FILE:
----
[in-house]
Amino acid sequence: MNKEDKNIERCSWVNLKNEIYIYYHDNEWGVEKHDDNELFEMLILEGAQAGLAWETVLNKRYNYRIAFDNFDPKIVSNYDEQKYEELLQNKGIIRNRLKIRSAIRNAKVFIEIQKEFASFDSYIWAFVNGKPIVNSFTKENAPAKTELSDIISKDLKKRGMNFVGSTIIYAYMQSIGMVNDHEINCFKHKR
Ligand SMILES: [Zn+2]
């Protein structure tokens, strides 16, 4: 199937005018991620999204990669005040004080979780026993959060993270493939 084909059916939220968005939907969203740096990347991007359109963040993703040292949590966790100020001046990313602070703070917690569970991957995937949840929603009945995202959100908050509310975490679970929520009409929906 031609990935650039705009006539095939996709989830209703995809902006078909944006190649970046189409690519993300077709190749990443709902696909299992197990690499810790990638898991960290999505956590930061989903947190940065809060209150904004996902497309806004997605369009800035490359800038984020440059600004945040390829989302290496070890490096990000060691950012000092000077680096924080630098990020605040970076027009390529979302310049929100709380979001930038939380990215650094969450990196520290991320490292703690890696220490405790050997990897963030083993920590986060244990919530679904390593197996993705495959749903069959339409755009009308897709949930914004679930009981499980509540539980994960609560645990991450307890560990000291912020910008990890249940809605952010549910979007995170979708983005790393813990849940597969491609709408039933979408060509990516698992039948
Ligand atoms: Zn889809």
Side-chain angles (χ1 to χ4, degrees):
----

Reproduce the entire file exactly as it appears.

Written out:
[in-house]
Amino acid sequence: MNKEDKNIERCSWVNLKNEIYIYYHDNEWGVEKHDDNELFEMLILEGAQAGLAWETVLNKRYNYRIAFDNFDPKIVSNYDEQKYEELLQNKGIIRNRLKIRSAIRNAKVFIEIQKEFASFDSYIWAFVNGKPIVNSFTKENAPAKTELSDIISKDLKKRGMNFVGSTIIYAYMQSIGMVNDHEINCFKHKR
Ligand SMILES: [Zn+2]
């Protein structure tokens, strides 16, 4: 199937005018991620999204990669005040004080979780026993959060993270493939 084909059916939220968005939907969203740096990347991007359109963040993703040292949590966790100020001046990313602070703070917690569970991957995937949840929603009945995202959100908050509310975490679970929520009409929906 031609990935650039705009006539095939996709989830209703995809902006078909944006190649970046189409690519993300077709190749990443709902696909299992197990690499810790990638898991960290999505956590930061989903947190940065809060209150904004996902497309806004997605369009800035490359800038984020440059600004945040390829989302290496070890490096990000060691950012000092000077680096924080630098990020605040970076027009390529979302310049929100709380979001930038939380990215650094969450990196520290991320490292703690890696220490405790050997990897963030083993920590986060244990919530679904390593197996993705495959749903069959339409755009009308897709949930914004679930009981499980509540539980994960609560645990991450307890560990000291912020910008990890249940809605952010549910979007995170979708983005790393813990849940597969491609709408039933979408060509990516698992039948
Ligand atoms: Zn889809």
Side-chain angles (χ1 to χ4, degrees):